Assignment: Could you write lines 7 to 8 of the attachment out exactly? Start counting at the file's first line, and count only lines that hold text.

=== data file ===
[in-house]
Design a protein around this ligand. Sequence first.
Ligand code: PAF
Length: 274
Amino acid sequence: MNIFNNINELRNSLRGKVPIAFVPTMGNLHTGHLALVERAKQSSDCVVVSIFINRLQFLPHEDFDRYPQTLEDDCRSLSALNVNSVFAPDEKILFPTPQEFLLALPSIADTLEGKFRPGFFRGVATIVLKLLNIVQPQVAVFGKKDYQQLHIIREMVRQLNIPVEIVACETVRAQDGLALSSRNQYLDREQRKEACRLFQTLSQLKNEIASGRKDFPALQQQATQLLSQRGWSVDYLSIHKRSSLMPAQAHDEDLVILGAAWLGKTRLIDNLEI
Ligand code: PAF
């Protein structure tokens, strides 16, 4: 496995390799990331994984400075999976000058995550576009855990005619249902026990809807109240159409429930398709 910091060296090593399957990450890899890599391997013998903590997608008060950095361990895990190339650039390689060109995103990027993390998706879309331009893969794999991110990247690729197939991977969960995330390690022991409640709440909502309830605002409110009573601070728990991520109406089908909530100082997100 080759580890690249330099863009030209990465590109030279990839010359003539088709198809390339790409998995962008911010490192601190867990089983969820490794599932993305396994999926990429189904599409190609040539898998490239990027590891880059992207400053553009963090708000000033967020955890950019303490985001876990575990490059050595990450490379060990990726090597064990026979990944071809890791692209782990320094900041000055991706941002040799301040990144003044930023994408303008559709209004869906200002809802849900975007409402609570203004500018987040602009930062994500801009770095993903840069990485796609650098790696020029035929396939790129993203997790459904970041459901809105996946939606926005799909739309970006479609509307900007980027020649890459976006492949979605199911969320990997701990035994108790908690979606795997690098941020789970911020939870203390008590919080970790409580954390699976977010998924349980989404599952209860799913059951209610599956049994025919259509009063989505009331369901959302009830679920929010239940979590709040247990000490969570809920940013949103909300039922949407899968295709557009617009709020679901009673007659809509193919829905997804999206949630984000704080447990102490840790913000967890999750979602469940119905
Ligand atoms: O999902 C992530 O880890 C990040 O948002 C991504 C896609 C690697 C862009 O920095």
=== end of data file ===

């Protein structure tokens, strides 16, 4: 496995390799990331994984400075999976000058995550576009855990005619249902026990809807109240159409429930398709 910091060296090593399957990450890899890599391997013998903590997608008060950095361990895990190339650039390689060109995103990027993390998706879309331009893969794999991110990247690729197939991977969960995330390690022991409640709440909502309830605002409110009573601070728990991520109406089908909530100082997100 080759580890690249330099863009030209990465590109030279990839010359003539088709198809390339790409998995962008911010490192601190867990089983969820490794599932993305396994999926990429189904599409190609040539898998490239990027590891880059992207400053553009963090708000000033967020955890950019303490985001876990575990490059050595990450490379060990990726090597064990026979990944071809890791692209782990320094900041000055991706941002040799301040990144003044930023994408303008559709209004869906200002809802849900975007409402609570203004500018987040602009930062994500801009770095993903840069990485796609650098790696020029035929396939790129993203997790459904970041459901809105996946939606926005799909739309970006479609509307900007980027020649890459976006492949979605199911969320990997701990035994108790908690979606795997690098941020789970911020939870203390008590919080970790409580954390699976977010998924349980989404599952209860799913059951209610599956049994025919259509009063989505009331369901959302009830679920929010239940979590709040247990000490969570809920940013949103909300039922949407899968295709557009617009709020679901009673007659809509193919829905997804999206949630984000704080447990102490840790913000967890999750979602469940119905
Ligand atoms: O999902 C992530 O880890 C990040 O948002 C991504 C896609 C690697 C862009 O920095």